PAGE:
Professor Morvan, an expert in fire issues in France, forecast that 2022 will be an extremely bad year for fires due to the lack of rain in the winter and spring.

“The vegetation is very dry everywhere and the repeated heat waves also contribute to an increase in the level of danger,” she said, citing reports from fire fighters that fires in Europe were more intense and often exceeded the ability of fire-fighting aircraft to put them out, which had an impact on buildings and the population.
Morvan said that more action to prevent such fires were needed by reducing the amount of combustible material, either through deliberate burning or other techniques, such as creating strips of land where the vegetation is changed to restrict fires, or through agricultural activity in areas at risk of fire.

The challenge was not simply to purchase more water-bombing planes or helicopters but to do more in the long-term to prevent fires by maintaining activities that lessened the fire load, as well as avoiding the construction of homes within forests. Overall, Morvan said, fighting fires was chiefly a problem of managing the landscape.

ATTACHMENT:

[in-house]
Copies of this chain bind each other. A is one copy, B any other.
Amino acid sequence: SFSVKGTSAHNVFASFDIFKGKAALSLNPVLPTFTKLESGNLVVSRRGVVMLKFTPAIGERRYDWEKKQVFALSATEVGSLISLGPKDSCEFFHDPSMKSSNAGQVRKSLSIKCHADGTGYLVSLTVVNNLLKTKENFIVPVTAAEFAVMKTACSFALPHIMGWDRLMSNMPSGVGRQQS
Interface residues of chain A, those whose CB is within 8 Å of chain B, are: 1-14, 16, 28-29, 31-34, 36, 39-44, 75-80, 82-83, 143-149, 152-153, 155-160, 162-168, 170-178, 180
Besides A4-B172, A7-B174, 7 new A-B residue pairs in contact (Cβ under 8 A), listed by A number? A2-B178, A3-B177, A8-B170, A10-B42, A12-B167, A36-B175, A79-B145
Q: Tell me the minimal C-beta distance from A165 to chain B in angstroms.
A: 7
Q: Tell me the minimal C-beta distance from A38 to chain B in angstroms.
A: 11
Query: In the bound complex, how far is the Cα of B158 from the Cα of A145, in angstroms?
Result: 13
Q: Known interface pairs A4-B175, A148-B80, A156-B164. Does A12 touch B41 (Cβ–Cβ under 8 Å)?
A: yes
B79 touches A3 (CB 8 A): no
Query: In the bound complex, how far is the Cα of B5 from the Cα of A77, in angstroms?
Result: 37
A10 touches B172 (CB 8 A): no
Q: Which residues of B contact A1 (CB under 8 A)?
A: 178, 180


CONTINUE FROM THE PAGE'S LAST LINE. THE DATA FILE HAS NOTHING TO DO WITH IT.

“I don’t think that the fires seen in Europe today can be considered Mega-fires in comparison with what is seen in Australia, Canada, Alaska, Russia and California. Even if these fires in Europe can be considered very big (because even aerial means have a limit to their effectiveness), their intensity is at least two to three times smaller than the very big fires seen, for example, in Australia,” Morvan added.